Education can be a little like the wild, wild, west- so it pays to know some of the potential ways scammers take advantage of people. In your Homeschooling for College Credit journey, there are a few slippery slopes to avoid. In this post, we’ll look at the most popular scams identified by the Federal Trade Commission, how to avoid them.
The High School Diploma Scam
Signs from the Federal Trade Commission that you could fall for a diploma scam:
- You can get a diploma from home, ASAP
No classes? No in-person test? All online? That’s a scam. Legitimate programs with classes for credit mean you’ll invest weeks or months of time. And real high school equivalency tests are offered at specific days and times, not on-demand. Most people don’t pass without really studying.
- You have to pay for a diploma
No legitimate high school equivalency program lets you take a test or classes for free, then charges you for the diploma. You might pay for classes or testing, but you shouldn’t have to pay for the diploma itself.
- They claim to be affiliated with the federal government
The federal government doesn’t offer programs for earning high school diplomas. Legitimate tests or programs are approved by your state.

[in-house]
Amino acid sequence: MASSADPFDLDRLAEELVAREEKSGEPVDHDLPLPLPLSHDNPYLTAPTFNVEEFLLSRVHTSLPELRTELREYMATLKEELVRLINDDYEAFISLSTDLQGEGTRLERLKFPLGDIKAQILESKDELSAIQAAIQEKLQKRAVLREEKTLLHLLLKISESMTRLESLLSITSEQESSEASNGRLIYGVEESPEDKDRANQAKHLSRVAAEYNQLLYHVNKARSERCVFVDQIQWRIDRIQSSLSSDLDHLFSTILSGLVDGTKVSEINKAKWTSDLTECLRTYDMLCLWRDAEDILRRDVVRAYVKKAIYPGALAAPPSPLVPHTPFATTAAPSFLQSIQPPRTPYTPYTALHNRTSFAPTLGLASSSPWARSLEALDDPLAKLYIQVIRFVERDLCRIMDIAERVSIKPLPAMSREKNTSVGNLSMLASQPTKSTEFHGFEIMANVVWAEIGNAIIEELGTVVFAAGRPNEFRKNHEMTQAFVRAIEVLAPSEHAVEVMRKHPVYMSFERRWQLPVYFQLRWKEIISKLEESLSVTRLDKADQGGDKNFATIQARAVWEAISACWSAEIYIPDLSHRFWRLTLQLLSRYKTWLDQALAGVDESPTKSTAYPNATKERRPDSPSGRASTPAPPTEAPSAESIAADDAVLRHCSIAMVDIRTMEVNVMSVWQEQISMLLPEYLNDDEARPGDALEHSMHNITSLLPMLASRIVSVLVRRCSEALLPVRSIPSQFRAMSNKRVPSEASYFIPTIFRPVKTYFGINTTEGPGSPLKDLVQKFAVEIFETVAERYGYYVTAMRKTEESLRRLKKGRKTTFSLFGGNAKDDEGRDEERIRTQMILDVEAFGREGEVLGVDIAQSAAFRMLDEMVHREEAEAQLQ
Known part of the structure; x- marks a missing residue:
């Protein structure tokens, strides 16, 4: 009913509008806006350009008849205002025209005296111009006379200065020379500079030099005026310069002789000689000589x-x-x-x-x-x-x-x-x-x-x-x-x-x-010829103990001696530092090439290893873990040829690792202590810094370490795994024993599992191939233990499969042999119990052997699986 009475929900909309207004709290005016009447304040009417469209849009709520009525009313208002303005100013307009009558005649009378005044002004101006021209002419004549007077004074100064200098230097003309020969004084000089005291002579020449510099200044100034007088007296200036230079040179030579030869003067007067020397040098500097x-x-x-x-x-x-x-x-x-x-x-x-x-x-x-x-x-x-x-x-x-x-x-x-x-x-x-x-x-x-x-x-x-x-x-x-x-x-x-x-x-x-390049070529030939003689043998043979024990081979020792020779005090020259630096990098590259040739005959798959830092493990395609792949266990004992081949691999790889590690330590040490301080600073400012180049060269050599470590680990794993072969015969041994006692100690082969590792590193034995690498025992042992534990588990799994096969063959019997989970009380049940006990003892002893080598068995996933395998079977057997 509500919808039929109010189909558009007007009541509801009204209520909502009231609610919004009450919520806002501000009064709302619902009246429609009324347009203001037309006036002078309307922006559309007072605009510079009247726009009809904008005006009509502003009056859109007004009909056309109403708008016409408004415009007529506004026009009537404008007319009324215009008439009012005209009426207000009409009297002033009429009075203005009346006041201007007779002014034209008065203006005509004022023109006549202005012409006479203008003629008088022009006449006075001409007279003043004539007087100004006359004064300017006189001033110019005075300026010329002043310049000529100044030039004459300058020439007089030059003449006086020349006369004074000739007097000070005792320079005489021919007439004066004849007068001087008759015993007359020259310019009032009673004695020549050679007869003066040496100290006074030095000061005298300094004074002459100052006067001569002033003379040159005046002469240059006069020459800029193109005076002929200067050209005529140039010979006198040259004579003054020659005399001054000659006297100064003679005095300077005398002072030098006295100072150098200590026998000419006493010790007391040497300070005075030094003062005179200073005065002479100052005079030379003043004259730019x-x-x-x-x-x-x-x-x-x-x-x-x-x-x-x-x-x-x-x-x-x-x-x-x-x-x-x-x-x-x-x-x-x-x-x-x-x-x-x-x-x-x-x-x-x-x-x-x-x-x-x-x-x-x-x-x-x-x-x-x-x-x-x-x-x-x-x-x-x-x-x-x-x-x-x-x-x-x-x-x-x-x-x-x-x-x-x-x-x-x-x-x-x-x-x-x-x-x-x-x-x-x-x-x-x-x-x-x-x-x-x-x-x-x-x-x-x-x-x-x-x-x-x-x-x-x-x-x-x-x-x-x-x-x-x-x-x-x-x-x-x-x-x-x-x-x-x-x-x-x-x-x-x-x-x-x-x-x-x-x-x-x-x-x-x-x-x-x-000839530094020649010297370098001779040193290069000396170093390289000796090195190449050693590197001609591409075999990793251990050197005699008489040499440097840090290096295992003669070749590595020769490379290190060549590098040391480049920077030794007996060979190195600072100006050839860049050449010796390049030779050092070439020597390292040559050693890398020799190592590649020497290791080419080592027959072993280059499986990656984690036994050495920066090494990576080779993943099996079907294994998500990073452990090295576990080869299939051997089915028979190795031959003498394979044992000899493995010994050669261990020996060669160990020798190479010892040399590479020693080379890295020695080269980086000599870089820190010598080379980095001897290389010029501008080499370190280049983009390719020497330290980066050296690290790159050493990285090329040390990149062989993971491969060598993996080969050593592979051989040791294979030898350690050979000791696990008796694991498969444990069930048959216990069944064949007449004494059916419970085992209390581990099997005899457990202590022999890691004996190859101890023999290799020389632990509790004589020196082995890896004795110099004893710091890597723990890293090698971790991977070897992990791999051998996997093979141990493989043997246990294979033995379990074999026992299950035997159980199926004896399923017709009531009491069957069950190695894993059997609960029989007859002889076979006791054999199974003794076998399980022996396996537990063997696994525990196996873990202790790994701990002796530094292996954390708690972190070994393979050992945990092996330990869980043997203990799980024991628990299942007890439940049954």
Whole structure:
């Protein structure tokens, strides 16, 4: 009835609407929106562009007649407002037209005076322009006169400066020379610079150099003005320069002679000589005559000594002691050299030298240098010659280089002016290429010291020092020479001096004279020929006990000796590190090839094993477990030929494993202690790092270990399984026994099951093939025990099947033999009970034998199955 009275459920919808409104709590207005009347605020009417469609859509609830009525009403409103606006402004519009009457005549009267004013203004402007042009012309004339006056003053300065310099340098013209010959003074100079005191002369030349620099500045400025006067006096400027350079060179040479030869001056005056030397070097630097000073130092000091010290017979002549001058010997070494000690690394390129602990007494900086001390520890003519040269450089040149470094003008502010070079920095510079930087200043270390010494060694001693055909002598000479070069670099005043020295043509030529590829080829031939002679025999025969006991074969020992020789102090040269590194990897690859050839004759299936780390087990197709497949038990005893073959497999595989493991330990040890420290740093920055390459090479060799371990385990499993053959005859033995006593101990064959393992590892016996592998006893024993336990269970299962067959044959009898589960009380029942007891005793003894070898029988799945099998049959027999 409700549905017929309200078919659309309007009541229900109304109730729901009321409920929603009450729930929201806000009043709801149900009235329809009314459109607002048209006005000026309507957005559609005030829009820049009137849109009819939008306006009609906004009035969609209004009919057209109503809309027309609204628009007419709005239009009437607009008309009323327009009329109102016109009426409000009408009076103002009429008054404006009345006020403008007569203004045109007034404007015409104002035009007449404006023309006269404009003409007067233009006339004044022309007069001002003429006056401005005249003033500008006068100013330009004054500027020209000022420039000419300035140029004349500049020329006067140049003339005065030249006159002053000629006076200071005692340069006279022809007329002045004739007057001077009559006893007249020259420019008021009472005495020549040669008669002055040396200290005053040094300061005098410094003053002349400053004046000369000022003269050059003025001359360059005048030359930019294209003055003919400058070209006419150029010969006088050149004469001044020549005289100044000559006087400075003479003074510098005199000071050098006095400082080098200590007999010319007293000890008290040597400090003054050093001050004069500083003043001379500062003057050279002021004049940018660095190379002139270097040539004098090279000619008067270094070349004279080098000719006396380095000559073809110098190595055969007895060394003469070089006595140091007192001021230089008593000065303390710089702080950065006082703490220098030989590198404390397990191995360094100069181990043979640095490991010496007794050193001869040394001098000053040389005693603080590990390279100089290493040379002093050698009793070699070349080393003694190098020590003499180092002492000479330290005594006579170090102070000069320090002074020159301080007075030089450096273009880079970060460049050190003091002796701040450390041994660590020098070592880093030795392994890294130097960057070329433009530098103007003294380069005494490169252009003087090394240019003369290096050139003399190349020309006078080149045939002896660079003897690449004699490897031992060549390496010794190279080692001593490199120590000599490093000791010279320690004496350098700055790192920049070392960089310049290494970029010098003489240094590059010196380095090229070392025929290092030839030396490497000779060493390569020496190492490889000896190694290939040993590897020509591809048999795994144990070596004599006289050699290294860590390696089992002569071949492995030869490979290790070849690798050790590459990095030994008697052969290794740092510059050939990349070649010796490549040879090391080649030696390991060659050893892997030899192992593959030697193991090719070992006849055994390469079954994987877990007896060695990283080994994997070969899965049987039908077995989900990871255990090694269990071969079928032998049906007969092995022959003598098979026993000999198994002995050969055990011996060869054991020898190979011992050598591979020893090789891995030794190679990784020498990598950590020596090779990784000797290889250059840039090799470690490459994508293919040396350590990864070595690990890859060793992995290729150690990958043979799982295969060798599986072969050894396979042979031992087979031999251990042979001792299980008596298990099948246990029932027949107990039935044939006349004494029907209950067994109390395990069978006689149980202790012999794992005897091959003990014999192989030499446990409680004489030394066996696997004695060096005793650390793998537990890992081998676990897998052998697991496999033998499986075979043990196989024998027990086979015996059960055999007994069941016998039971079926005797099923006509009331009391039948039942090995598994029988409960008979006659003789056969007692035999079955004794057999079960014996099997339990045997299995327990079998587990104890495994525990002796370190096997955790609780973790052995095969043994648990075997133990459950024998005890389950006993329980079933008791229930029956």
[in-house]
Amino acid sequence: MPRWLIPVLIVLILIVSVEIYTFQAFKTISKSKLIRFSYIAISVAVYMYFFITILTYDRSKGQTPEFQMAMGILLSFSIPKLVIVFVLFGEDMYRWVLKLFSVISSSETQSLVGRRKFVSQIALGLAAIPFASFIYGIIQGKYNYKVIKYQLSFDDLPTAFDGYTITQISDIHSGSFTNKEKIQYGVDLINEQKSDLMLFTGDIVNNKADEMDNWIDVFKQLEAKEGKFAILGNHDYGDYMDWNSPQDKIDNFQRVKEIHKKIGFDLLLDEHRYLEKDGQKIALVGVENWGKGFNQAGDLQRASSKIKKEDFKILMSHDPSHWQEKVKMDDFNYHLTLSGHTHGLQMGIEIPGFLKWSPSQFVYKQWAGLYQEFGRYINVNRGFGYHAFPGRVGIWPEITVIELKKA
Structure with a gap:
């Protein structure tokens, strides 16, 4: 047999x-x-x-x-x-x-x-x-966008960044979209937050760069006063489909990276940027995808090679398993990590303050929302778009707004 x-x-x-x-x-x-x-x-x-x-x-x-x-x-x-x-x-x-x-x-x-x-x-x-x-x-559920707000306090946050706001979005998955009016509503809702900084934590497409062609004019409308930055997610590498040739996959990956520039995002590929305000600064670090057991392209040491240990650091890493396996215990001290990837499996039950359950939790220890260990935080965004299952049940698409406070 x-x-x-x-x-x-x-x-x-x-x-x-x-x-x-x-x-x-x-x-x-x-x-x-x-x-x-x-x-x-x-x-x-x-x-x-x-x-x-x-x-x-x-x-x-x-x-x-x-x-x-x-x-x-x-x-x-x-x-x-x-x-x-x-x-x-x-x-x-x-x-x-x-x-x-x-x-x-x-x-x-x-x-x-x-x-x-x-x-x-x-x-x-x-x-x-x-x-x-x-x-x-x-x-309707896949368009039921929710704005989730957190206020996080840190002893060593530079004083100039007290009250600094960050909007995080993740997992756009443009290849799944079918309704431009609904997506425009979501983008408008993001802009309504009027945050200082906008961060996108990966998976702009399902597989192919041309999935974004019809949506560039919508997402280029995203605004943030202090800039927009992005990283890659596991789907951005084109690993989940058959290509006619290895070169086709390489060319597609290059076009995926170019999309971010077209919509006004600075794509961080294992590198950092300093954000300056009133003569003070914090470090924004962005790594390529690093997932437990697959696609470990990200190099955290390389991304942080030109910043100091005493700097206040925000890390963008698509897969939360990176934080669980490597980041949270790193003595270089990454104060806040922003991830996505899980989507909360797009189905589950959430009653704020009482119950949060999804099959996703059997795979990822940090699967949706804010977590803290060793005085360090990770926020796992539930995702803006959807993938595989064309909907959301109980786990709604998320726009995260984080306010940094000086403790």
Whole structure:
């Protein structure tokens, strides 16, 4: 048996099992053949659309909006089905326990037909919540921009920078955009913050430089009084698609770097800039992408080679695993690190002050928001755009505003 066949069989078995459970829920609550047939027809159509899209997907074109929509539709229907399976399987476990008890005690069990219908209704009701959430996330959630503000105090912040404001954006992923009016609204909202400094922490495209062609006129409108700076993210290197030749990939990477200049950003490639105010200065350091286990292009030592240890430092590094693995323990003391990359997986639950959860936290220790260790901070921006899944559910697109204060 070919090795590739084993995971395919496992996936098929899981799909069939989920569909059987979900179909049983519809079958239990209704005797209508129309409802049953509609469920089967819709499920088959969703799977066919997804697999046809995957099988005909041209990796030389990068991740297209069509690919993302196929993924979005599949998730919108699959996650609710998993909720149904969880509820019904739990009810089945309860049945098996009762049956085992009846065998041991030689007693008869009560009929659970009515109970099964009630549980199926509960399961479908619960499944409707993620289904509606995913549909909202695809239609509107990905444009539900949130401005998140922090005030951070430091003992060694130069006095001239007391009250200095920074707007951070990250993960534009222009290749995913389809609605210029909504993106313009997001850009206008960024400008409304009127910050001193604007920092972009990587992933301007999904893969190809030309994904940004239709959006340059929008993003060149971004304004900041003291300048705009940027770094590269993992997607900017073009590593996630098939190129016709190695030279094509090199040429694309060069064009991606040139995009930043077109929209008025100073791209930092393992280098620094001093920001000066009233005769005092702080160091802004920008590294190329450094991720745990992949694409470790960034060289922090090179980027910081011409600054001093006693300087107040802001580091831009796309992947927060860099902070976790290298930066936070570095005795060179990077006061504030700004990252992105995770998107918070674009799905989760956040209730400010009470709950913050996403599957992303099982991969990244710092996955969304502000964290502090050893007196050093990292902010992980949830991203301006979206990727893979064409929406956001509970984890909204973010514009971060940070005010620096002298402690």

Legitimate High School Diploma
Homeschools that are operating lawfully can issue a legitimate high school diploma to their children. If you need help with legal questions, the Homeschool Legal Defense Association can help you understand your state’s laws and graduation requirements.
If your teen is older or you want them to earn an equivalency diploma, four tests approved by at least one state (as of May 2016) are the GED, HiSET, TASC, and CHSPE. The CHSPE is offered in California only. California employers are required to accept it as the equivalent of a high school diploma.
These are the ONLY legitimate high school equivalency tests. These tests are:
- administered in person
- closed book
- scheduled for specific dates and times
These tests also will require an authentication process to make sure the test taker is the person who signed up for the test. Costs range from $50-$100. (FTC, 2019)
The Scholarship Scam
According to the Federal Trade Commission (FTC), the nation’s consumer protection agency, unscrupulous companies guarantee or promise scholarships, grants or fantastic financial aid packages. Many use high-pressure sales pitches at seminars where you’re required to pay immediately or risk losing out on the “opportunity.”